Citi Bike, New York City’s new bike-share program (you know, the one that represents creeping totalitarianism), while already very popular, is not without its problems. For some of the city’s wealthiest residents, for example, the issue is not so much the existence of the program but rather the fact that its bike-share stations have to be so, y’know, close.
From the Village Voice (because I’d rather not link to the NY Post), some examples:
In a New York Post exclusive, it was discovered that the DOT agreed to move at least 10 Citi Bike stations either right before or just after the program’s initiation–all of which are nearby a concentrated wealth epicenter. Ritzy spots include the IAC Building in West Chelsea, designed by Frank Gehry and housed by Newsweek/The Daily Beast; a loft on Spring Street; the Milan Condominium on East 55th; and a handful of other expensive locations.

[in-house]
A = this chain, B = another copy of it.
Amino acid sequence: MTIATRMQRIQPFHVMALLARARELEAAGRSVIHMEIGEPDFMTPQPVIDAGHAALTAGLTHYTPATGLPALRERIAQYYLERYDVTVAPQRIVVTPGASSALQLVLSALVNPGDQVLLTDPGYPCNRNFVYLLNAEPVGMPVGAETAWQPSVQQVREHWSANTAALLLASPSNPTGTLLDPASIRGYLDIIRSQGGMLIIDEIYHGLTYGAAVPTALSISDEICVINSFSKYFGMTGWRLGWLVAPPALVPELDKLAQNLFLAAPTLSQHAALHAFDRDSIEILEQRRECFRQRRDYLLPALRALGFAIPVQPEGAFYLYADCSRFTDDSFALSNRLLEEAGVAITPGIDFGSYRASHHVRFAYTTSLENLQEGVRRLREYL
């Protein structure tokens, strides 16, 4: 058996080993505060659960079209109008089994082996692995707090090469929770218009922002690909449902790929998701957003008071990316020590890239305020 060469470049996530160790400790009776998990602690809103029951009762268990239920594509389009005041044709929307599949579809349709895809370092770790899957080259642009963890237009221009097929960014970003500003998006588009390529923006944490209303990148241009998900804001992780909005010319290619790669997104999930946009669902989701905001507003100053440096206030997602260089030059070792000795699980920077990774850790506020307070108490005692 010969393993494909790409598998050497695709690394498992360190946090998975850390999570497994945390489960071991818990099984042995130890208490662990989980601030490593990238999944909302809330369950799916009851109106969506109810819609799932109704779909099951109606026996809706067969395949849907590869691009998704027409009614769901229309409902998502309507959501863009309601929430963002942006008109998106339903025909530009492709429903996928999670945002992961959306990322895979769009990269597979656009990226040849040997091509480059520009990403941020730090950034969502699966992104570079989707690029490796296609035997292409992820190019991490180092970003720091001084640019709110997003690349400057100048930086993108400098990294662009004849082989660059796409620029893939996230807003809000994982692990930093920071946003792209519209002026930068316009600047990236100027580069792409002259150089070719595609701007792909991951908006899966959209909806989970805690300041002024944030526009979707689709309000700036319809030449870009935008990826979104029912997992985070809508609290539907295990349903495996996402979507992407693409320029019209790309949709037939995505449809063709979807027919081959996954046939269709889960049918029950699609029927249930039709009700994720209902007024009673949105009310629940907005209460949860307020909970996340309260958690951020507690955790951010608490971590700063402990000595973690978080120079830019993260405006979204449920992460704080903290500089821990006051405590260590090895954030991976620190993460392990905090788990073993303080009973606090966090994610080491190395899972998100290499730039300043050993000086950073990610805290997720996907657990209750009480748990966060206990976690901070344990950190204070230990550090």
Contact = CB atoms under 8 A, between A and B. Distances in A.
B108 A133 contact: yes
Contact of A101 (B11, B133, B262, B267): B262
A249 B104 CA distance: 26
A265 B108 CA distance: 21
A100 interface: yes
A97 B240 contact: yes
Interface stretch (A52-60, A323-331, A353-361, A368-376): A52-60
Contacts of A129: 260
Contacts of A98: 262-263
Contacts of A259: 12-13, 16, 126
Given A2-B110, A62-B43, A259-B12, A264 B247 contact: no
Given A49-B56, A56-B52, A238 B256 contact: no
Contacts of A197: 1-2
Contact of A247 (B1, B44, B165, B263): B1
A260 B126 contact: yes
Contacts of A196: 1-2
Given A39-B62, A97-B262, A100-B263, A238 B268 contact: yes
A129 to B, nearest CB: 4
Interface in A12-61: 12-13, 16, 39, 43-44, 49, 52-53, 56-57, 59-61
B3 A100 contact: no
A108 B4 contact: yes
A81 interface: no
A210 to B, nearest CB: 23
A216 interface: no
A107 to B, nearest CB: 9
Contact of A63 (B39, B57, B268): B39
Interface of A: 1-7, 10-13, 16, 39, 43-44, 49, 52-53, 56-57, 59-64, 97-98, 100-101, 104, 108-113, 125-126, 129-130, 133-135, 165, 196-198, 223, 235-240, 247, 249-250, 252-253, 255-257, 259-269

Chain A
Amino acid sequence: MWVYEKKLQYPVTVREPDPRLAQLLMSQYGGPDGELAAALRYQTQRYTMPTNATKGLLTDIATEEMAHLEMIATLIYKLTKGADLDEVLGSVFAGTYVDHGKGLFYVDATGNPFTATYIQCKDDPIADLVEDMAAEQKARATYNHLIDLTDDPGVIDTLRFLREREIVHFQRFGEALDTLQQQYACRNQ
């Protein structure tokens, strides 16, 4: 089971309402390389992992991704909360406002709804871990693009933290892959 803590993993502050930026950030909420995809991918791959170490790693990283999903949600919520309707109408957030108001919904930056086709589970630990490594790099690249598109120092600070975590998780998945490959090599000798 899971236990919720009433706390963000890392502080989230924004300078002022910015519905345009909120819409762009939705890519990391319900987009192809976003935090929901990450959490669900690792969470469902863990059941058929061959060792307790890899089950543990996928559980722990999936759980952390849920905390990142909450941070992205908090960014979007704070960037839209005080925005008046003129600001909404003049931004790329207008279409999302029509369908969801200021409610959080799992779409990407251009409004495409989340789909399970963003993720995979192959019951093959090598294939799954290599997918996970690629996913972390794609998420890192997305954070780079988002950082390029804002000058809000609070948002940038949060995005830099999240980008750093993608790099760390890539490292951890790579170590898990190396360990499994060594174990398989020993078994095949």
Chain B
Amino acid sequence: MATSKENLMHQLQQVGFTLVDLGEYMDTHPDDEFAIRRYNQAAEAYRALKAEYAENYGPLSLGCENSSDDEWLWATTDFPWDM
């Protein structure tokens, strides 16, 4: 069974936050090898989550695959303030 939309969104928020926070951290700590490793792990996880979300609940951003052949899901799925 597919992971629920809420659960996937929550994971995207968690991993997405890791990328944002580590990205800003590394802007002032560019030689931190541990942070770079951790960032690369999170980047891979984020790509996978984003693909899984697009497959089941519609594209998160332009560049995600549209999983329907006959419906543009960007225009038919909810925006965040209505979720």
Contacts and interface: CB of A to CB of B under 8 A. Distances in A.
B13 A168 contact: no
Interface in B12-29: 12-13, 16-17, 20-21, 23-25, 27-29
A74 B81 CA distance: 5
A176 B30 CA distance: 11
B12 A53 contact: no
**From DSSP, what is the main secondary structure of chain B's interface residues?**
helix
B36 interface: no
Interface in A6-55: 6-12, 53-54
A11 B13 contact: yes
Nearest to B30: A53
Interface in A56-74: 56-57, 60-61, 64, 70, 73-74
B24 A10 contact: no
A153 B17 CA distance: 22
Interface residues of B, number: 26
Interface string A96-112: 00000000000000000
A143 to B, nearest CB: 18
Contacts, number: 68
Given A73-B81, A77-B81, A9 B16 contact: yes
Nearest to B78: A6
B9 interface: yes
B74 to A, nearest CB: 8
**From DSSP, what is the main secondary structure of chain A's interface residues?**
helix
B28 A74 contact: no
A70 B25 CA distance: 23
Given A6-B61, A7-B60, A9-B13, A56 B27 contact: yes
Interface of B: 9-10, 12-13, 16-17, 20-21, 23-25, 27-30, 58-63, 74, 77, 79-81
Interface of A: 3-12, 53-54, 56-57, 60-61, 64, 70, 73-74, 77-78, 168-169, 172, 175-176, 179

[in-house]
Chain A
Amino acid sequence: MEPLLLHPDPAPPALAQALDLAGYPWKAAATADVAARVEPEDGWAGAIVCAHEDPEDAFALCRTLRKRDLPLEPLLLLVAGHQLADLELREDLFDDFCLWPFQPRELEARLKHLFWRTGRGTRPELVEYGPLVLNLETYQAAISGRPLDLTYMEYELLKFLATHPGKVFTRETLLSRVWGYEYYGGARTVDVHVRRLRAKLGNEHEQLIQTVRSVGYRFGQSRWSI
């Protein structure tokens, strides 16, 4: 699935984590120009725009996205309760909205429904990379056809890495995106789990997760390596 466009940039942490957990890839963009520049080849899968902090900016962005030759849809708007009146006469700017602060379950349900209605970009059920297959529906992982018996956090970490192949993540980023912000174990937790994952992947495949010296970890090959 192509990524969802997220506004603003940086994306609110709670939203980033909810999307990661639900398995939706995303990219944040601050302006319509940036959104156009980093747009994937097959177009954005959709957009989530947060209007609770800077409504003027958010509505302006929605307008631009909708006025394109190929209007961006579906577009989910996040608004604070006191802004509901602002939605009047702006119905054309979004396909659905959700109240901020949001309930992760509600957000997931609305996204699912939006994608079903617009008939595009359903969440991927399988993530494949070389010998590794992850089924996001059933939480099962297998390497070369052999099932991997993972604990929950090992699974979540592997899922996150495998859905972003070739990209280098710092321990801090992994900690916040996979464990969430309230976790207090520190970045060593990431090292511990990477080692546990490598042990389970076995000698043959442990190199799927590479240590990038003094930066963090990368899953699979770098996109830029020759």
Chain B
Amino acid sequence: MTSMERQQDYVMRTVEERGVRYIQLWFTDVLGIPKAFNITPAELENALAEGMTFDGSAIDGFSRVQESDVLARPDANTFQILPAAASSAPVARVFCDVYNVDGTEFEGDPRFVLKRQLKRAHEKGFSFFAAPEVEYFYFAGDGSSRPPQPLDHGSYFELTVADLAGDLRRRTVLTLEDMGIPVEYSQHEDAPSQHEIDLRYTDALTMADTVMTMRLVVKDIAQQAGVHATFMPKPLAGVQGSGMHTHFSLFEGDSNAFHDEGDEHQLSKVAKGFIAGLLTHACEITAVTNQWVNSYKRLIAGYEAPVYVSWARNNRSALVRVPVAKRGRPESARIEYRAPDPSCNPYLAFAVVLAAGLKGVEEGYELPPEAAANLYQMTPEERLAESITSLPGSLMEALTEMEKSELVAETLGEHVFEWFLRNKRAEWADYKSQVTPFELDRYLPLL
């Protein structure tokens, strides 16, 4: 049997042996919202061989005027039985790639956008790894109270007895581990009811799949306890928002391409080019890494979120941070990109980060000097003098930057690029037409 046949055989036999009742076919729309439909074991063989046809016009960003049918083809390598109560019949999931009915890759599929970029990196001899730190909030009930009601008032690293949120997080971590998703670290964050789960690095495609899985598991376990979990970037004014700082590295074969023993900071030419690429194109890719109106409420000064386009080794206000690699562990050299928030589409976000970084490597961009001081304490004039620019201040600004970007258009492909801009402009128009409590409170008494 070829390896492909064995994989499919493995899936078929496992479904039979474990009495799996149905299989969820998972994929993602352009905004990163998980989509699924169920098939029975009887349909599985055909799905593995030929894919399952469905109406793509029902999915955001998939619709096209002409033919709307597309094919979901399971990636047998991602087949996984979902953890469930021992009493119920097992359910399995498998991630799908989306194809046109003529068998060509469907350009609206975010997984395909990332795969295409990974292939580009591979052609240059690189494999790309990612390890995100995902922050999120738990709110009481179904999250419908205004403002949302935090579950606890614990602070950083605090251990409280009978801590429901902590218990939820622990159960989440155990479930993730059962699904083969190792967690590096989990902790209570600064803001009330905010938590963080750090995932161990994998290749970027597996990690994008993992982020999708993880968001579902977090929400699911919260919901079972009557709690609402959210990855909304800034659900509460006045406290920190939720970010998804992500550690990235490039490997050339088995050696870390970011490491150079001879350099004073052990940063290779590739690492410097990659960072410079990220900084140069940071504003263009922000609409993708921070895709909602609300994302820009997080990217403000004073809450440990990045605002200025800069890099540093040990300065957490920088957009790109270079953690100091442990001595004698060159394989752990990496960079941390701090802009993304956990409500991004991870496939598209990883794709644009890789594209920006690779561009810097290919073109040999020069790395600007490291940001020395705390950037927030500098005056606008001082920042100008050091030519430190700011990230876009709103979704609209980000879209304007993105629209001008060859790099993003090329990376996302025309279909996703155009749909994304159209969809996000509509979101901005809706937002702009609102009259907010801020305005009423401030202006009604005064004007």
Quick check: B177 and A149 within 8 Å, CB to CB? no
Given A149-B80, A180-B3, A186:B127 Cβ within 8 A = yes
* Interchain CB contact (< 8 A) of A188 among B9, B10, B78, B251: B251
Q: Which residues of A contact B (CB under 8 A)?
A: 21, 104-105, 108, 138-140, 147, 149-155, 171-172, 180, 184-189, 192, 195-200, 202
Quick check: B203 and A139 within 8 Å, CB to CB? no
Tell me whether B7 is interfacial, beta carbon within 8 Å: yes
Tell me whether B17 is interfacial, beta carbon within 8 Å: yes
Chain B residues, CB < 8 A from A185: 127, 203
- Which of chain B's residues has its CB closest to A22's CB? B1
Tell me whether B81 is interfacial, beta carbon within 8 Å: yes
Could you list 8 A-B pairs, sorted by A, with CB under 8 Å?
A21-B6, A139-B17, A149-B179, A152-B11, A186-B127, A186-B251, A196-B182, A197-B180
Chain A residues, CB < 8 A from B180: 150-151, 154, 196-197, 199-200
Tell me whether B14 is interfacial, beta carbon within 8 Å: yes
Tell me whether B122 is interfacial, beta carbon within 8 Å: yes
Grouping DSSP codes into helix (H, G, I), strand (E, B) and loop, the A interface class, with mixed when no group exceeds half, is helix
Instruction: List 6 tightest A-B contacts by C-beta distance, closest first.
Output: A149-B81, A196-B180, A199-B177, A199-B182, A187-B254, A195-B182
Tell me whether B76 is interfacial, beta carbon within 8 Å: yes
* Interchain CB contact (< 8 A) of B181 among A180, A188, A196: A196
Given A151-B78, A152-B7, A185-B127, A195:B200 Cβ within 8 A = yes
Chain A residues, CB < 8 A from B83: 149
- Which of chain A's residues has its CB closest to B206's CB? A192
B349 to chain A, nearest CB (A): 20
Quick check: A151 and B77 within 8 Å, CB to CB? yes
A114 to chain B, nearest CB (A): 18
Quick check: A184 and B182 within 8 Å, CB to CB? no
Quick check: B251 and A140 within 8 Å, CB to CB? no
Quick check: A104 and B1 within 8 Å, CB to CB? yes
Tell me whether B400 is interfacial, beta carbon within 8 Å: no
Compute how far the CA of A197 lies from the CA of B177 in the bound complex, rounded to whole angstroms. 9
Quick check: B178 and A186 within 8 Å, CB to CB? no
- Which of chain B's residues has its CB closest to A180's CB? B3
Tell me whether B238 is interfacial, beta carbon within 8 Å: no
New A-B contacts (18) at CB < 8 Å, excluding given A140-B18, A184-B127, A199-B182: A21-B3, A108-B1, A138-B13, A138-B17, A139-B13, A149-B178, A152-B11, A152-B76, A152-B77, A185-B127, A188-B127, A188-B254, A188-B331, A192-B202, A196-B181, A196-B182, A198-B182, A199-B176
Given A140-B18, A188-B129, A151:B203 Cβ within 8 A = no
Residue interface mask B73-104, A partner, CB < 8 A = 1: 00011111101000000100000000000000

A few of the angry 1 Percenters were represented by Manhattan attorney Steven Sladkus. As the stations push uptown, “you won’t see a Citi Bike station in front of Mayor Bloomberg’s town house,” he argued to the Post. “Maybe the same [courtesy] should have been given to all other property-owners in the city.”
You see, this is really an issue of equality. If billionaire Mike Bloomberg can treat the entirety of NYC as his fiefdom, why can’t multimillionaires do the same within a few block radius of their home and/or place of work? This is America, dammit! Occupy Citi Bike!
Oh, it’s almost enough to drive one to drink. But since it’s still morning here, I’ll just recommend you read this recent interview between David Dayen and Chris Hayes. The focus of their discussion is, primarily, elite and institutional failure. Hayes’ point about inequality breeding social alienation strikes me as particularly relevant…